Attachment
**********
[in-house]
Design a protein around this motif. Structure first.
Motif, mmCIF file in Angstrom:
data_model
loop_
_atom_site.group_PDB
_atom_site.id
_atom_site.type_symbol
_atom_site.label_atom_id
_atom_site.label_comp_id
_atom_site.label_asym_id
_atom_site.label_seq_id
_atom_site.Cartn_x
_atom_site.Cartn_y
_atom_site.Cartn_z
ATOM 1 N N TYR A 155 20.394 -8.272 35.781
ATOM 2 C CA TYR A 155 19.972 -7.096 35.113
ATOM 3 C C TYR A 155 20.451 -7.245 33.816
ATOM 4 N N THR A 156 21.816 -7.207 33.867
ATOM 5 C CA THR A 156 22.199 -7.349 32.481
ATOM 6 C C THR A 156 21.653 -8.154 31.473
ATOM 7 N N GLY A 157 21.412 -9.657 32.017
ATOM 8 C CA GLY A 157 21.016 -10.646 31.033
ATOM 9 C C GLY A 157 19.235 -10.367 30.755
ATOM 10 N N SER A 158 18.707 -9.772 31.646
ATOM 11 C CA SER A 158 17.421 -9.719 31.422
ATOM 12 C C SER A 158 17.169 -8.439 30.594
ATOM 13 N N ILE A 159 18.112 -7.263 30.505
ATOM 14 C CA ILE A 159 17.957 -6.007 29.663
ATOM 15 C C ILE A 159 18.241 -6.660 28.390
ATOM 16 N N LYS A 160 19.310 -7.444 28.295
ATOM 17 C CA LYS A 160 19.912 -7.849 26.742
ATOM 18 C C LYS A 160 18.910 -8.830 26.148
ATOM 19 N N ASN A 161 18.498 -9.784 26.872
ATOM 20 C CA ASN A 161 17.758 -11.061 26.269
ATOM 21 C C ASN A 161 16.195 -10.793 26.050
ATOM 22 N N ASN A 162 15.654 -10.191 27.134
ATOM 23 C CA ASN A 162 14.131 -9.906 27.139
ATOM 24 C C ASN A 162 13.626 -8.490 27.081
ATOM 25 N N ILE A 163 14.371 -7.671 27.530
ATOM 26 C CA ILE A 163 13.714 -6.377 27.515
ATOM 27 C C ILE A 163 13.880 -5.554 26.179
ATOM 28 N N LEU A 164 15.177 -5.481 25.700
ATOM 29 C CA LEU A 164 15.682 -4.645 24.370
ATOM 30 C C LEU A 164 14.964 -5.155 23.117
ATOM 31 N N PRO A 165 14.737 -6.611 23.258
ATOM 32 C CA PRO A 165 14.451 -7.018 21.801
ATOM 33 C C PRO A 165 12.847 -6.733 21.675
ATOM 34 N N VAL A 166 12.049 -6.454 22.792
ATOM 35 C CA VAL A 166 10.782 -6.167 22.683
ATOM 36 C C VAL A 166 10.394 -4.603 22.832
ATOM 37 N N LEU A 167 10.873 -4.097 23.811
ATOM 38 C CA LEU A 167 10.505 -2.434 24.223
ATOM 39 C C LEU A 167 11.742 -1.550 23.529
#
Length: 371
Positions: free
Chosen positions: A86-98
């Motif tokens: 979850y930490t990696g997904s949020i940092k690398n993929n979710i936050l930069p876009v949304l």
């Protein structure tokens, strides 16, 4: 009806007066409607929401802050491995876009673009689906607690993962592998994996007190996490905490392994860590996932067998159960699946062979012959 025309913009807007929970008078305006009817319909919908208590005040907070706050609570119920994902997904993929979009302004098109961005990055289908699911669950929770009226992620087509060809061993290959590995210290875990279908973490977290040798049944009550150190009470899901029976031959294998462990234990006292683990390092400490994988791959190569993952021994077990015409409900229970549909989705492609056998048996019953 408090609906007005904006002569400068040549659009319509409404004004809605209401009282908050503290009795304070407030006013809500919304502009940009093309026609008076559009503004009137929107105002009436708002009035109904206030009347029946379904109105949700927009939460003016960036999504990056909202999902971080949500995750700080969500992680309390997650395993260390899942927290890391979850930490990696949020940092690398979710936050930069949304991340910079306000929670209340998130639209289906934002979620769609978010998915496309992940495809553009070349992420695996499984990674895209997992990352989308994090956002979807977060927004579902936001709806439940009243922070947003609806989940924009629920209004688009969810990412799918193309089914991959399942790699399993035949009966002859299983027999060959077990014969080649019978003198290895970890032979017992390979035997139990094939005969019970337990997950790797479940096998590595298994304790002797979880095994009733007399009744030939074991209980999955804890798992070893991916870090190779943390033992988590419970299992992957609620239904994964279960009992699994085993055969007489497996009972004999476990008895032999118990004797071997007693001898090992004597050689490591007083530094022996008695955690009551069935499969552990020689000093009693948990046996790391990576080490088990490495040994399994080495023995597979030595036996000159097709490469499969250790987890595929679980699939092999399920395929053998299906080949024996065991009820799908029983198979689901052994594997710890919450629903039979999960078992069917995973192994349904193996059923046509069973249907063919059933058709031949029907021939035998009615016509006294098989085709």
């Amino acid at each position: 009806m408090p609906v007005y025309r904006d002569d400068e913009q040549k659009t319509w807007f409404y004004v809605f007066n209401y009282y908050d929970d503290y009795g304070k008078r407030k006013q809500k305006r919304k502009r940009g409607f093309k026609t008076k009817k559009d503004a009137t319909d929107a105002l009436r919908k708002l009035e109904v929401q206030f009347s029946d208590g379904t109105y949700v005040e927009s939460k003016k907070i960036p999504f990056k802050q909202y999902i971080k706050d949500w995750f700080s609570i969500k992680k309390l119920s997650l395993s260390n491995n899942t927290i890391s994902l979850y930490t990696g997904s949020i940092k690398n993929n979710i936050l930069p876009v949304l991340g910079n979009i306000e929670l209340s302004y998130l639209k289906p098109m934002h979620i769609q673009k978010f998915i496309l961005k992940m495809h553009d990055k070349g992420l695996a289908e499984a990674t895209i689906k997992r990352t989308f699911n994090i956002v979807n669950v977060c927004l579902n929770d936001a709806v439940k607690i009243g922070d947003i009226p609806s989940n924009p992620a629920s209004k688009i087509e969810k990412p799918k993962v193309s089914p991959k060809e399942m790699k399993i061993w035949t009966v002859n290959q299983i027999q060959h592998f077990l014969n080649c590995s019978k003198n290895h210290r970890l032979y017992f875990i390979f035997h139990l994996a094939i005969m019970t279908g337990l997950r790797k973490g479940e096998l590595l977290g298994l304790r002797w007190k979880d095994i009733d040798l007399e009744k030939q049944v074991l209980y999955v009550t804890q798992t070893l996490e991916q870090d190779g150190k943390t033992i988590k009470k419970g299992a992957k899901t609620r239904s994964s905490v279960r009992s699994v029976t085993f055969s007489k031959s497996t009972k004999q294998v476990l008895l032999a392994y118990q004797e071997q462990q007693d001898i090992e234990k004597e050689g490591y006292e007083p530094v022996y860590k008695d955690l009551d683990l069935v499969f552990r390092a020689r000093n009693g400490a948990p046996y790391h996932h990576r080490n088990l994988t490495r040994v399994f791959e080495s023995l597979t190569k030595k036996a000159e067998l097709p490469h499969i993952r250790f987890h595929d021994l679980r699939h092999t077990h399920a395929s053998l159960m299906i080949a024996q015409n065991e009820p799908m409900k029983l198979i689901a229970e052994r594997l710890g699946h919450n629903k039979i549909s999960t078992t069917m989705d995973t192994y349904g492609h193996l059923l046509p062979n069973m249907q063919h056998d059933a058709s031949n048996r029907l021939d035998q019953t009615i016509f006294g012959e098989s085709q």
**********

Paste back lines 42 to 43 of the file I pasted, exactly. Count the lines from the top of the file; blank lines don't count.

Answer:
ATOM 27 C C ILE A 163 13.880 -5.554 26.179
ATOM 28 N N LEU A 164 15.177 -5.481 25.700